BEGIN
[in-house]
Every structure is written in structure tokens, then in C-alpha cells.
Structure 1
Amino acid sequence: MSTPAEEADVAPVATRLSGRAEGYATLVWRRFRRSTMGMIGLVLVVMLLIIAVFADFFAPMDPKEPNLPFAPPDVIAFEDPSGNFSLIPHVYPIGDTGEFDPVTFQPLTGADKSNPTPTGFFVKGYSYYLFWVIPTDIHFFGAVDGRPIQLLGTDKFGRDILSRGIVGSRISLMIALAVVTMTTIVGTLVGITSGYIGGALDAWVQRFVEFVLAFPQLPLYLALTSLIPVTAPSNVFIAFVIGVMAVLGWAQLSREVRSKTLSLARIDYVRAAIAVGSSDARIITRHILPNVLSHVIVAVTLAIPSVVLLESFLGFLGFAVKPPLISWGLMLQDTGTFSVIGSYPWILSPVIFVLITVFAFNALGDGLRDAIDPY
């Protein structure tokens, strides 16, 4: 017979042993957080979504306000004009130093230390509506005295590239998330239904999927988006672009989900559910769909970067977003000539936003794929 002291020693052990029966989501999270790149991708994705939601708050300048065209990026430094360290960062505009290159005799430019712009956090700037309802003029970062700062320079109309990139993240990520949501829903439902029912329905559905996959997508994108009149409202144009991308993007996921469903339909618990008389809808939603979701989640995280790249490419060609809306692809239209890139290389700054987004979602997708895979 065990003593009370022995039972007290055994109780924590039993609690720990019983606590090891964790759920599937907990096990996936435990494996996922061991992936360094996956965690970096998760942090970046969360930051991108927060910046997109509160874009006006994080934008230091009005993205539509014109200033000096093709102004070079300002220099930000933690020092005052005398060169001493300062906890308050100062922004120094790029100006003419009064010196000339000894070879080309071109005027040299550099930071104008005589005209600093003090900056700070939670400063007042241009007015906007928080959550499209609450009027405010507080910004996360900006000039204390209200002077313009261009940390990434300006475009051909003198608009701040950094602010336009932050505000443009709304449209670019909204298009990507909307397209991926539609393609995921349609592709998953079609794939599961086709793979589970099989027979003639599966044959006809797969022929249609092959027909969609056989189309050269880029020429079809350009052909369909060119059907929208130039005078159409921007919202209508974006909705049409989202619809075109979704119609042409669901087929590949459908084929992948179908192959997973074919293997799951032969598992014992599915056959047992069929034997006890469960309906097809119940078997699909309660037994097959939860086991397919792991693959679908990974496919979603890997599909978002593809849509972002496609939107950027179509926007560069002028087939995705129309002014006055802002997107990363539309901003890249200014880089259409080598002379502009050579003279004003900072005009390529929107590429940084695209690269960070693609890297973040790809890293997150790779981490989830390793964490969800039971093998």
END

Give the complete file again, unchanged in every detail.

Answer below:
[in-house]
Every structure is written in structure tokens, then in C-alpha cells.
Structure 1
Amino acid sequence: MSTPAEEADVAPVATRLSGRAEGYATLVWRRFRRSTMGMIGLVLVVMLLIIAVFADFFAPMDPKEPNLPFAPPDVIAFEDPSGNFSLIPHVYPIGDTGEFDPVTFQPLTGADKSNPTPTGFFVKGYSYYLFWVIPTDIHFFGAVDGRPIQLLGTDKFGRDILSRGIVGSRISLMIALAVVTMTTIVGTLVGITSGYIGGALDAWVQRFVEFVLAFPQLPLYLALTSLIPVTAPSNVFIAFVIGVMAVLGWAQLSREVRSKTLSLARIDYVRAAIAVGSSDARIITRHILPNVLSHVIVAVTLAIPSVVLLESFLGFLGFAVKPPLISWGLMLQDTGTFSVIGSYPWILSPVIFVLITVFAFNALGDGLRDAIDPY
């Protein structure tokens, strides 16, 4: 017979042993957080979504306000004009130093230390509506005295590239998330239904999927988006672009989900559910769909970067977003000539936003794929 002291020693052990029966989501999270790149991708994705939601708050300048065209990026430094360290960062505009290159005799430019712009956090700037309802003029970062700062320079109309990139993240990520949501829903439902029912329905559905996959997508994108009149409202144009991308993007996921469903339909618990008389809808939603979701989640995280790249490419060609809306692809239209890139290389700054987004979602997708895979 065990003593009370022995039972007290055994109780924590039993609690720990019983606590090891964790759920599937907990096990996936435990494996996922061991992936360094996956965690970096998760942090970046969360930051991108927060910046997109509160874009006006994080934008230091009005993205539509014109200033000096093709102004070079300002220099930000933690020092005052005398060169001493300062906890308050100062922004120094790029100006003419009064010196000339000894070879080309071109005027040299550099930071104008005589005209600093003090900056700070939670400063007042241009007015906007928080959550499209609450009027405010507080910004996360900006000039204390209200002077313009261009940390990434300006475009051909003198608009701040950094602010336009932050505000443009709304449209670019909204298009990507909307397209991926539609393609995921349609592709998953079609794939599961086709793979589970099989027979003639599966044959006809797969022929249609092959027909969609056989189309050269880029020429079809350009052909369909060119059907929208130039005078159409921007919202209508974006909705049409989202619809075109979704119609042409669901087929590949459908084929992948179908192959997973074919293997799951032969598992014992599915056959047992069929034997006890469960309906097809119940078997699909309660037994097959939860086991397919792991693959679908990974496919979603890997599909978002593809849509972002496609939107950027179509926007560069002028087939995705129309002014006055802002997107990363539309901003890249200014880089259409080598002379502009050579003279004003900072005009390529929107590429940084695209690269960070693609890297973040790809890293997150790779981490989830390793964490969800039971093998």